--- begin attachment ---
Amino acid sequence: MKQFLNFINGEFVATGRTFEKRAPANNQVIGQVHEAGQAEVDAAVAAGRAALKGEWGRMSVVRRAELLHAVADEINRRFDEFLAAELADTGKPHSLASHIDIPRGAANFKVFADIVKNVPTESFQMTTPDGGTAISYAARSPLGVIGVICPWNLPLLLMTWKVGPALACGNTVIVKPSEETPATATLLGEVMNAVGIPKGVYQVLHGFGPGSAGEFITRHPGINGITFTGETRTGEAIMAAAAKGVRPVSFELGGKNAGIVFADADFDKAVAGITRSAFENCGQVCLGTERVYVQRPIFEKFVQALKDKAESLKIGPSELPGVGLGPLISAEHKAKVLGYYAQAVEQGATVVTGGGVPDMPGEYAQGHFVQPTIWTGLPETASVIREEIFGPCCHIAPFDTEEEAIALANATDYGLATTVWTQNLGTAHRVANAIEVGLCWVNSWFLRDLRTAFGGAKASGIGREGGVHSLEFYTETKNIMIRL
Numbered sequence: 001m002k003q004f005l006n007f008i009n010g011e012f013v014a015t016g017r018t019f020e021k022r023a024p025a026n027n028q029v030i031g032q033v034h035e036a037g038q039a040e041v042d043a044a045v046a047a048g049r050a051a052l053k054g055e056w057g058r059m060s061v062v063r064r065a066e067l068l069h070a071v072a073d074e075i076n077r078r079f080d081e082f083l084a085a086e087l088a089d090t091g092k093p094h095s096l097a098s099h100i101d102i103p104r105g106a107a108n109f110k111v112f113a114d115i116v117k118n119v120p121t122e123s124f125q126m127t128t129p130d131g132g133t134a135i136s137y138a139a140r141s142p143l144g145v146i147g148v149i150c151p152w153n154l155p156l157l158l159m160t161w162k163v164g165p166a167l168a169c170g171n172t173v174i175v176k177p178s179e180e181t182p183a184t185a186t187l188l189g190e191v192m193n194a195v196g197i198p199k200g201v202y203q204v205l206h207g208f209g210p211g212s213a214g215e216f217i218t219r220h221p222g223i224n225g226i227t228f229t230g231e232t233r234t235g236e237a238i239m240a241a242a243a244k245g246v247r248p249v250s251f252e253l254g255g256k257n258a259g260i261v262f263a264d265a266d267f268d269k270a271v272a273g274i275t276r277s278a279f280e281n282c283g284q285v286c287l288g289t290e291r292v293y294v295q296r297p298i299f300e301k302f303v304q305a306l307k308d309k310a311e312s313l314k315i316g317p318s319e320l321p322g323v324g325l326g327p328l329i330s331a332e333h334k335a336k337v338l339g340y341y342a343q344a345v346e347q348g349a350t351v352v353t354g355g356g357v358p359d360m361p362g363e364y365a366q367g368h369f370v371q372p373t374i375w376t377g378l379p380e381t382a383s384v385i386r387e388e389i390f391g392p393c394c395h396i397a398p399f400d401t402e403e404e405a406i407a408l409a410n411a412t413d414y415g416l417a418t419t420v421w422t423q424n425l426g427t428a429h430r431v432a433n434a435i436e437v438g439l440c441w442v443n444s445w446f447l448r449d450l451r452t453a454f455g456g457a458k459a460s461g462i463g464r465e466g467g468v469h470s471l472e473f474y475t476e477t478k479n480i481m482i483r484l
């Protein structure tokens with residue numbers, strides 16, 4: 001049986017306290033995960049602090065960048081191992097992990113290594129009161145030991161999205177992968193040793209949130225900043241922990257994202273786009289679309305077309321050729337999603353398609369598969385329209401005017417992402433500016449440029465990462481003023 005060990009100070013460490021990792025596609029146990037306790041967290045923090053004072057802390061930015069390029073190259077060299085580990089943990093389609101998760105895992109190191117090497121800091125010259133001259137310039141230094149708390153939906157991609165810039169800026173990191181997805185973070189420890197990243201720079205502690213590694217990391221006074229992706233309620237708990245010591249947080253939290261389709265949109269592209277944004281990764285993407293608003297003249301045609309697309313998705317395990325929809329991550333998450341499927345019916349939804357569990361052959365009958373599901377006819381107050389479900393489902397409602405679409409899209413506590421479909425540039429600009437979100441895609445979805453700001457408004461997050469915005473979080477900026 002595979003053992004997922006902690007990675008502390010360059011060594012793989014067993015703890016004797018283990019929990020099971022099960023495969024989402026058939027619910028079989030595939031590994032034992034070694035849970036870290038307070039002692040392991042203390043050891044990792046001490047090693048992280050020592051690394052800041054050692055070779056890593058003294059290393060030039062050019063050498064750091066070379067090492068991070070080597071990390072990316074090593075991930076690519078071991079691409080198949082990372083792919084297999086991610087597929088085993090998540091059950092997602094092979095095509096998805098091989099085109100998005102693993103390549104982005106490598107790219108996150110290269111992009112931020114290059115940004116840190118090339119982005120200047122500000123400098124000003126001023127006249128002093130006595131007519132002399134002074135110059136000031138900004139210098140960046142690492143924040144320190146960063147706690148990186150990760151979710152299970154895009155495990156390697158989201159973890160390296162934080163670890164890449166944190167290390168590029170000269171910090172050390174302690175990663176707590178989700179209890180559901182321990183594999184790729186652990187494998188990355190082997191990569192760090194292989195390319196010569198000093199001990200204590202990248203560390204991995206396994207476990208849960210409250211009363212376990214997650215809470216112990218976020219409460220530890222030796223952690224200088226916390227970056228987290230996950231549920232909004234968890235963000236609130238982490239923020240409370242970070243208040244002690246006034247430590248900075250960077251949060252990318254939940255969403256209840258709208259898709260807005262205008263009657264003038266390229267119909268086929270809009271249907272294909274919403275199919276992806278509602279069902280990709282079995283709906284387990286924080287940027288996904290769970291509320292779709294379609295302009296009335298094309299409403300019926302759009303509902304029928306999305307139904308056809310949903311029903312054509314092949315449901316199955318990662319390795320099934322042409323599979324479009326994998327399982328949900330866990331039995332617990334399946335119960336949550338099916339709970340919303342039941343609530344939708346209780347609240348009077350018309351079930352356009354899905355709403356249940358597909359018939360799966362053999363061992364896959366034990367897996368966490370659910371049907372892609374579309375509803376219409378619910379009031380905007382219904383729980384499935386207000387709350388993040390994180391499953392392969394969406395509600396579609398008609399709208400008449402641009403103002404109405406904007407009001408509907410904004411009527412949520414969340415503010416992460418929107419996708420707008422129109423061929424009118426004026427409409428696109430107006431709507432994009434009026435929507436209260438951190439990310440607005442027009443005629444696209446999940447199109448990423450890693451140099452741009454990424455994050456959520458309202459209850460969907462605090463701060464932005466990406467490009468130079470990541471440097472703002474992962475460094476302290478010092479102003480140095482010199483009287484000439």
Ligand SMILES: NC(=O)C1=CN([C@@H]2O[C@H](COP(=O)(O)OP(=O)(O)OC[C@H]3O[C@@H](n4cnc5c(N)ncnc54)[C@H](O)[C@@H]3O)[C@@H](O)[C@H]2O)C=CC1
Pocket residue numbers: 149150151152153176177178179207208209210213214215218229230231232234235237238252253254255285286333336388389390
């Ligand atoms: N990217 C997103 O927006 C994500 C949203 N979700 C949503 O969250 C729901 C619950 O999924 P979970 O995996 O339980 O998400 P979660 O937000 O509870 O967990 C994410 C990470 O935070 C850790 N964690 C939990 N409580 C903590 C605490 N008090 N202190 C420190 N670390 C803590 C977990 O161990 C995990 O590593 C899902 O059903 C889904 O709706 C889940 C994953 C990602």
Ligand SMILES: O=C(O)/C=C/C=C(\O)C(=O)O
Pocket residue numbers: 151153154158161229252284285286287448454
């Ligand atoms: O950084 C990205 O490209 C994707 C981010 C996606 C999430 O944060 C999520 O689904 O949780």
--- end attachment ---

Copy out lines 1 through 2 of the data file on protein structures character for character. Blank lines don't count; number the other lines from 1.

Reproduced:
Amino acid sequence: MKQFLNFINGEFVATGRTFEKRAPANNQVIGQVHEAGQAEVDAAVAAGRAALKGEWGRMSVVRRAELLHAVADEINRRFDEFLAAELADTGKPHSLASHIDIPRGAANFKVFADIVKNVPTESFQMTTPDGGTAISYAARSPLGVIGVICPWNLPLLLMTWKVGPALACGNTVIVKPSEETPATATLLGEVMNAVGIPKGVYQVLHGFGPGSAGEFITRHPGINGITFTGETRTGEAIMAAAAKGVRPVSFELGGKNAGIVFADADFDKAVAGITRSAFENCGQVCLGTERVYVQRPIFEKFVQALKDKAESLKIGPSELPGVGLGPLISAEHKAKVLGYYAQAVEQGATVVTGGGVPDMPGEYAQGHFVQPTIWTGLPETASVIREEIFGPCCHIAPFDTEEEAIALANATDYGLATTVWTQNLGTAHRVANAIEVGLCWVNSWFLRDLRTAFGGAKASGIGREGGVHSLEFYTETKNIMIRL
Numbered sequence: 001m002k003q004f005l006n007f008i009n010g011e012f013v014a015t016g017r018t019f020e021k022r023a024p025a026n027n028q029v030i031g032q033v034h035e036a037g038q039a040e041v042d043a044a045v046a047a048g049r050a051a052l053k054g055e056w057g058r059m060s061v062v063r064r065a066e067l068l069h070a071v072a073d074e075i076n077r078r079f080d081e082f083l084a085a086e087l088a089d090t091g092k093p094h095s096l097a098s099h100i101d102i103p104r105g106a107a108n109f110k111v112f113a114d115i116v117k118n119v120p121t122e123s124f125q126m127t128t129p130d131g132g133t134a135i136s137y138a139a140r141s142p143l144g145v146i147g148v149i150c151p152w153n154l155p156l157l158l159m160t161w162k163v164g165p166a167l168a169c170g171n172t173v174i175v176k177p178s179e180e181t182p183a184t185a186t187l188l189g190e191v192m193n194a195v196g197i198p199k200g201v202y203q204v205l206h207g208f209g210p211g212s213a214g215e216f217i218t219r220h221p222g223i224n225g226i227t228f229t230g231e232t233r234t235g236e237a238i239m240a241a242a243a244k245g246v247r248p249v250s251f252e253l254g255g256k257n258a259g260i261v262f263a264d265a266d267f268d269k270a271v272a273g274i275t276r277s278a279f280e281n282c283g284q285v286c287l288g289t290e291r292v293y294v295q296r297p298i299f300e301k302f303v304q305a306l307k308d309k310a311e312s313l314k315i316g317p318s319e320l321p322g323v324g325l326g327p328l329i330s331a332e333h334k335a336k337v338l339g340y341y342a343q344a345v346e347q348g349a350t351v352v353t354g355g356g357v358p359d360m361p362g363e364y365a366q367g368h369f370v371q372p373t374i375w376t377g378l379p380e381t382a383s384v385i386r387e388e389i390f391g392p393c394c395h396i397a398p399f400d401t402e403e404e405a406i407a408l409a410n411a412t413d414y415g416l417a418t419t420v421w422t423q424n425l426g427t428a429h430r431v432a433n434a435i436e437v438g439l440c441w442v443n444s445w446f447l448r449d450l451r452t453a454f455g456g457a458k459a460s461g462i463g464r465e466g467g468v469h470s471l472e473f474y475t476e477t478k479n480i481m482i483r484l